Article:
In developing durable goods, design engineers have to meet many demands. Their primary objective is to ensure that the product functions, often followed by a secondary focus on time to market. With other goals such as cost, reliability and serviceability jockeying for attention, engineers may underestimate or overlook the necessity of making their design as manufacturable as possible.

Design for manufacturability (DFM) aims to optimize all functions in the manufacturing process. These include fabrication, assembly, test, procurement, shipping, service and repair, says Dr. David M. Anderson, an engineer and author of the book “Design for Manufacturability.” The DFM process also targets cost, quality, regulatory compliance, safety and customer satisfaction.

One important goal of DFM is to minimize total cost. That means reducing costs in every area from administrative overhead to tooling, and not just the usual cost metric of parts and labor. Manufacturers that rely heavily on this limited view of cost and apply pressure to lower that cost may make poor decisions such as specifying or changing to cheaper parts or low-bid suppliers, he says.

Such measures can lead to lower quality and reliability and could reach a point where quality costs more than the anticipated savings. Quality-related costs may include reworking defective products, addressing warranty issues, issuing recalls and defending against potential liability-related claims.

Another key aspect to DFM is minimizing the time to stable production—a more meaningful parameter than time to market, he says. When a company defines time to market as time to release or ramp, for example, design engineers may feel the crunch and risk sending drawings to manufacturing with little thought given to the product’s manufacturability.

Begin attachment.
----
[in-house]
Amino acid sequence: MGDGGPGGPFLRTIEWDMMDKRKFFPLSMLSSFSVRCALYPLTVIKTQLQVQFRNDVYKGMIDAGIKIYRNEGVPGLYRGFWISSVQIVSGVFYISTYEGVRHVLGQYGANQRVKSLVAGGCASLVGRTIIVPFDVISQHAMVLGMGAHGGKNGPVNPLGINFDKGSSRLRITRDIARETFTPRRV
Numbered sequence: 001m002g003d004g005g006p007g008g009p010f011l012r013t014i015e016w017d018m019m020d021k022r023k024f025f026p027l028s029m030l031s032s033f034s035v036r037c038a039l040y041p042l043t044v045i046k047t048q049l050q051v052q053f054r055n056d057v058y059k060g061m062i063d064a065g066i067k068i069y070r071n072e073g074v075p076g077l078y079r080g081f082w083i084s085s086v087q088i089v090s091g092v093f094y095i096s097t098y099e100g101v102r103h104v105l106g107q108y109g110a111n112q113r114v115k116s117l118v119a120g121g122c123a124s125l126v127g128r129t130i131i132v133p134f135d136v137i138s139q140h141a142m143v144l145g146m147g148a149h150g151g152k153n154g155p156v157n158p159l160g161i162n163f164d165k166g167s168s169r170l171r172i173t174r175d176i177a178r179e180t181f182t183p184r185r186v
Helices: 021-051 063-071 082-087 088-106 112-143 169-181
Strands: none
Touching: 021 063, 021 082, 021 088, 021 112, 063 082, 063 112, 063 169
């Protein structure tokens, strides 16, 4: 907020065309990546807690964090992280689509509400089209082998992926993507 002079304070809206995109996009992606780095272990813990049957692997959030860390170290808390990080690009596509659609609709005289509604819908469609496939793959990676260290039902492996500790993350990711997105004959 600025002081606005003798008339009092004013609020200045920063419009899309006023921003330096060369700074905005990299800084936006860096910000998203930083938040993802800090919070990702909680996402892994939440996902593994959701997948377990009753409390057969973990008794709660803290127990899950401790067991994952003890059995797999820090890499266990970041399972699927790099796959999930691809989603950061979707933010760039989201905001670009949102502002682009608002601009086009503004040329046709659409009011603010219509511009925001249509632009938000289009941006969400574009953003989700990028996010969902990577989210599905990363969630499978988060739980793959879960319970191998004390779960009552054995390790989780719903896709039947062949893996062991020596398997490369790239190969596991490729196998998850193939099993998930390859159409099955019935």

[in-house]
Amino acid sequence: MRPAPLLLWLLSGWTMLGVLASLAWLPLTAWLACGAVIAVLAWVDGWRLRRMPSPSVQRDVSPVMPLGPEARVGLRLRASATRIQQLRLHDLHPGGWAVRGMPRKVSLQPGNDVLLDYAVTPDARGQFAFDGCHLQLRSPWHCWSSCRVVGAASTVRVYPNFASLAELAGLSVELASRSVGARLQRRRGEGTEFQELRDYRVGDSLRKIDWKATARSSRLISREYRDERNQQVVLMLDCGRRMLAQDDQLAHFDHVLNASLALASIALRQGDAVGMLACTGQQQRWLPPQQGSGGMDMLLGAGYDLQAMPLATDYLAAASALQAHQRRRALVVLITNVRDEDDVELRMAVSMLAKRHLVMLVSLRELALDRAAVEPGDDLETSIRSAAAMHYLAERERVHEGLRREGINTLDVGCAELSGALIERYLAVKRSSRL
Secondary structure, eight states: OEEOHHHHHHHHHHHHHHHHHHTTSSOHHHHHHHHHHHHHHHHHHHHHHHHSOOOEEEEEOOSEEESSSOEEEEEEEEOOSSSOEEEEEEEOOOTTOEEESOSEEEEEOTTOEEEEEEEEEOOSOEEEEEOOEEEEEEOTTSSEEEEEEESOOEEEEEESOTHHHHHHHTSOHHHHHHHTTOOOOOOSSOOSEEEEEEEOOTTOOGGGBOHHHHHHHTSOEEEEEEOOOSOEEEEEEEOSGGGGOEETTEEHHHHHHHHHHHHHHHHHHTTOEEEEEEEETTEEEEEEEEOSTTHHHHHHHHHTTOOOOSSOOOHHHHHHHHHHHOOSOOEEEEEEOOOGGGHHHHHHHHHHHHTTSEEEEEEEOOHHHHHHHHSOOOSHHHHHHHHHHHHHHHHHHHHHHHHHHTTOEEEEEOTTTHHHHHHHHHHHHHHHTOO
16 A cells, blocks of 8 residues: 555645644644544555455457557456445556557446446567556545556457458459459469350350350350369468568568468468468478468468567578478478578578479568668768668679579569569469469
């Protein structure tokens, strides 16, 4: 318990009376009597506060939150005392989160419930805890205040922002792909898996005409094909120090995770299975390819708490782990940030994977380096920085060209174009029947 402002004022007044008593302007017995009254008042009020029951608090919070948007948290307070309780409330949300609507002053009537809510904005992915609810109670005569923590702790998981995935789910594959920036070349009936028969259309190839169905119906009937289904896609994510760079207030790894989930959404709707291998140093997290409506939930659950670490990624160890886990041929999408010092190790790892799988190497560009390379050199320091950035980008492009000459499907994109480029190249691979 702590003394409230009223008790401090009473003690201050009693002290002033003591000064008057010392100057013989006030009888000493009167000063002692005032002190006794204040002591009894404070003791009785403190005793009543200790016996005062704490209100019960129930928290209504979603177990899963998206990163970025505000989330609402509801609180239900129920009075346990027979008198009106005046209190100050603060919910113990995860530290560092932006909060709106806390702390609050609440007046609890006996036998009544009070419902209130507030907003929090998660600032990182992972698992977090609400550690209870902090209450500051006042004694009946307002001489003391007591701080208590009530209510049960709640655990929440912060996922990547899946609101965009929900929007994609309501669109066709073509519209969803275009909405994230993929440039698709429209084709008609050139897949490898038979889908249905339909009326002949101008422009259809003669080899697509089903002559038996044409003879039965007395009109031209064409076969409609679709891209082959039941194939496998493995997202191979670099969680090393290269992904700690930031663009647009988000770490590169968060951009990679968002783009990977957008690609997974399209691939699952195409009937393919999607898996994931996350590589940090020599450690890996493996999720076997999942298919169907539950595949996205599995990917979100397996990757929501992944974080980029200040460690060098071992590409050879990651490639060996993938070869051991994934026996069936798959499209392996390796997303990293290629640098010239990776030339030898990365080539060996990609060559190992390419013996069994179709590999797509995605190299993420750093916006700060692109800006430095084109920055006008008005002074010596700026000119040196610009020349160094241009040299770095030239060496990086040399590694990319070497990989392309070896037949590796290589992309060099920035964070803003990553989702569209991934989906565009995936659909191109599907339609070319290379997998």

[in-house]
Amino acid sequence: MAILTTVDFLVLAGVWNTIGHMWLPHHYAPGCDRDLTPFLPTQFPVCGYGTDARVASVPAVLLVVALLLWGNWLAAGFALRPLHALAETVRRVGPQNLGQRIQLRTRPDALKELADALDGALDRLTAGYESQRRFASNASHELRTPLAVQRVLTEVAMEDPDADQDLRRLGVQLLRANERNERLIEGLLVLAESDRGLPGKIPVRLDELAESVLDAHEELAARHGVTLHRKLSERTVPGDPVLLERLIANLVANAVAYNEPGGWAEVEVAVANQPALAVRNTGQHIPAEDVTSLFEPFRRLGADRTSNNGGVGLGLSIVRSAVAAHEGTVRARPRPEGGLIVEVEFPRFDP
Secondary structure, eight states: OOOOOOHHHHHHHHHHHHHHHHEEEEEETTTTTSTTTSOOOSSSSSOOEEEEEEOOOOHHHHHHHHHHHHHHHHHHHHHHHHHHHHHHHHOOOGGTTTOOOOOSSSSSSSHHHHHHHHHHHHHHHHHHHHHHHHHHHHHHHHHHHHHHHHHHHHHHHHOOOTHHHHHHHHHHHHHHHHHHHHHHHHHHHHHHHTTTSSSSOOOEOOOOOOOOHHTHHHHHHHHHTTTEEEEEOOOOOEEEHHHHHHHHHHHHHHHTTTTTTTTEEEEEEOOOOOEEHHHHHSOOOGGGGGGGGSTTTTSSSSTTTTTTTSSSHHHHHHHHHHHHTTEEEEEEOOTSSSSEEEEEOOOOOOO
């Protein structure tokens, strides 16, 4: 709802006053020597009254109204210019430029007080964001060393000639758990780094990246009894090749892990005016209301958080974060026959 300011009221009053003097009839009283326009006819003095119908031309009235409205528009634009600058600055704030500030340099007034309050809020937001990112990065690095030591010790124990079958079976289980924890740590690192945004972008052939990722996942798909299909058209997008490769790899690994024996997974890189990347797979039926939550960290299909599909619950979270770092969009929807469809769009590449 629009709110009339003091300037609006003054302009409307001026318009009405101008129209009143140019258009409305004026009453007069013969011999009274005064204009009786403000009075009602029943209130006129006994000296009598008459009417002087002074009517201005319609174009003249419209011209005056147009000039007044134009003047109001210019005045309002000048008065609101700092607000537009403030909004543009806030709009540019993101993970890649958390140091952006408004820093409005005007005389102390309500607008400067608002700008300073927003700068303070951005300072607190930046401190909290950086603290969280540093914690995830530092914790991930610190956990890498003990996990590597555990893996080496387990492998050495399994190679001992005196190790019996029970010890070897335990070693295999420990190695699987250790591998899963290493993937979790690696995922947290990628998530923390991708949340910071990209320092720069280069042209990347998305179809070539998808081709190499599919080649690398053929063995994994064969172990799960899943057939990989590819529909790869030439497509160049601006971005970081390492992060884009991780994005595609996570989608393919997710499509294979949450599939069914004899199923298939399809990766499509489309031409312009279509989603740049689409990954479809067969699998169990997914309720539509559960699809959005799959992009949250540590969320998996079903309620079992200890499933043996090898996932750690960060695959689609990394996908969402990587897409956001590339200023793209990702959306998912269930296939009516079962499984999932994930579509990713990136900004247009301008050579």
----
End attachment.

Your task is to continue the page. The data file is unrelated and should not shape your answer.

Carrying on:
Anderson estimates that time and budget pressures “will delay the time when the product can be sold, often with 70% of the timeline spent on revisions, iterations and slow ramps.”

Additionally, DFM can improve product quality in a number of ways. One of its biggest benefits relates to simplification and standardization, which minimize the number of active parts in a product design. By using fewer parts and standardizing components, product makers significantly reduce the likelihood of manufacturing defects or incorrect assembly, says Ken Crow of DRM Associates, which provides consulting and training for new product development.

The same goes for guidelines that aim to reduce product and material handling during the manufacturing process. By considering the orientation, insertion, location and fastening of parts, as well as self-fixturing and self-locating features, engineers can reduce or avoid the need for tools or fixtures, he says. In turn, the cost of manufacturing decreases, sometimes significantly.

Another way to improve quality is by designing a product with the tolerance and other capabilities of the manufacturing equipment in mind. In doing so, engineers can design products with realistic tolerances or determine early in the design process that the manufacturer will have to find new equipment or suppliers with the proper proficiencies, Crow says.

DFM Takes Flight

Manufacturers curious about how much DFM can impact their bottom lines need look no farther than the F-35 Joint Strike Fighter program, the U.S. Department of Defense’s (DOD) next-generation of strike aircraft weapon systems. In a milestone for the fighter, the U.S. Marine Corps in late July said the F-35B jump-jet model had achieved initial operational capability. This means that the Marines now consider the B model — one of three designs — to be an active plane and capable of performing in all of its operations.

F-35 on the assembly line. Manufacturing challenges arise in a plane with 300,000 parts. Image source: Lockheed MartinF-35 on the assembly line. Manufacturing challenges arise in a plane with 300,000 parts. Image source: Lockheed Martin“Many of the fighter jets are still made by hand, and there are a lot of drill motors working and folks in contorted positions as they assemble the aircraft,” says Debbie Holton, director of industry strategy and events for the manufacturing industry trade association SME. In an airplane with 300,000 such parts, that creates manufacturing challenges, she says.